Political uncertainly, coupled with the highest public debt level on the OECD, could turn the yen into the next “euro.” And if current Finance Minister Naoto Kan, who has been vocally in favor of a weaker yen in addition to being a strong advocate of the BOJ taking more actions to combat deflation (quantitative easing aka printing money), becomes the new prime minister, markets may run with this and take the yen lower.

We’re already seeing the beginnings of this move; after hitting a low of 87.96 during the May 6 insanity on Wall Street, USD/JPY crossed the 61.8 Fibonacci retracement level and was trading at 92.62 heading into the NY open on June 3.

The option market is also giving clues indicating that further appreciation is likely for USD/JPY. Volatility is trending lower after rising above 16.5% on May 20, with 3 month implied volatility now near 13.5%. Investors were paying as much as 4% more for yen calls over yen puts on May  21, the highest since last July. As of June 2, the measure had fallen to 2.8% and was being further reduced. Investors buy calls when they believe price for the underlying asset will rise and a falling premium for calls over puts indicates that traders are becoming more bearish.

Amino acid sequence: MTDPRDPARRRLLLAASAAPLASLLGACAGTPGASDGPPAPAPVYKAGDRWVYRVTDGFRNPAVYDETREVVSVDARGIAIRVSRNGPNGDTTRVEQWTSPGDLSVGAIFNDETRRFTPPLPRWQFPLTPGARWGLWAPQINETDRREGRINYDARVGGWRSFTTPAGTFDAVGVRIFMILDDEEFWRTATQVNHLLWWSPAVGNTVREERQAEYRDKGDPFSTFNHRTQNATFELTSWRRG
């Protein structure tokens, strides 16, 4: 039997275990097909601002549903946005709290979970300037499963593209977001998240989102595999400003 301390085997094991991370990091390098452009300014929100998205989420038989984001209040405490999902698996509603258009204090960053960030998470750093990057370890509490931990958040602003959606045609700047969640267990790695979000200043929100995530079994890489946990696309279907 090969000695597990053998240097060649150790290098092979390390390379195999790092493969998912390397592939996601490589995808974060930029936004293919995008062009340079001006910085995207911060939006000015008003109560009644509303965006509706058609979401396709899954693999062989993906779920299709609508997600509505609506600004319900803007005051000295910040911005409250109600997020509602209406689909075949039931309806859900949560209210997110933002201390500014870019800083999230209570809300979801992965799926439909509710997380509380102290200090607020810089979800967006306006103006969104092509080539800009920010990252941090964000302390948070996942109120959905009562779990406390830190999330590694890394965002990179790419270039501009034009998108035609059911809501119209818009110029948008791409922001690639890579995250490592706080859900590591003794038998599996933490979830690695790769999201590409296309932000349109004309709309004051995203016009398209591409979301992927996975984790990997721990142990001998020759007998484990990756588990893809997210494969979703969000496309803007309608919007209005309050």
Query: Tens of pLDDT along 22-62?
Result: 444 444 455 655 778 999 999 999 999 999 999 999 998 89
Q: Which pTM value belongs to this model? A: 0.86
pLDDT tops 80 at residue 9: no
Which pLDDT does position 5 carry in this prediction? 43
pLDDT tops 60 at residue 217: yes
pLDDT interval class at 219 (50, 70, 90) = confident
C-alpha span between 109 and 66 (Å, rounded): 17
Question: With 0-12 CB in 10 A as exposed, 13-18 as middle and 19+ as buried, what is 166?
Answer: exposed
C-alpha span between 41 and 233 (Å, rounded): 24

Han may have gotten a dose of fiscal religion after attending the last G 20 summit, where the European Sovereign Debt Crisis was the lead topic of discussion. Japan’s public debt is nearly 200% of GDP but recent economic reports have shown that the job market is worsening and that deflation is again rearing its ugly head, which indicates that if Japan does apply a measure of austerity it will need to be accompanied by a depreciating currency in order to boost exports.

In looking at the chart, I would look to buy USD/JPY on a pullback to the 61.8 level on 92.37. If price failed to hold there, I would look to buy again at the 50 and then again at the 38.2. The 80.9 level would be my first objective with an eventual move to the 95 area, where I would close and then look for either another retrace or a move above and then a test of support.

Related Posts:

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  • Dollar Appreciation-There Are Good Reasons For It To Happen
  • Looks Like Euro Intervention To Me
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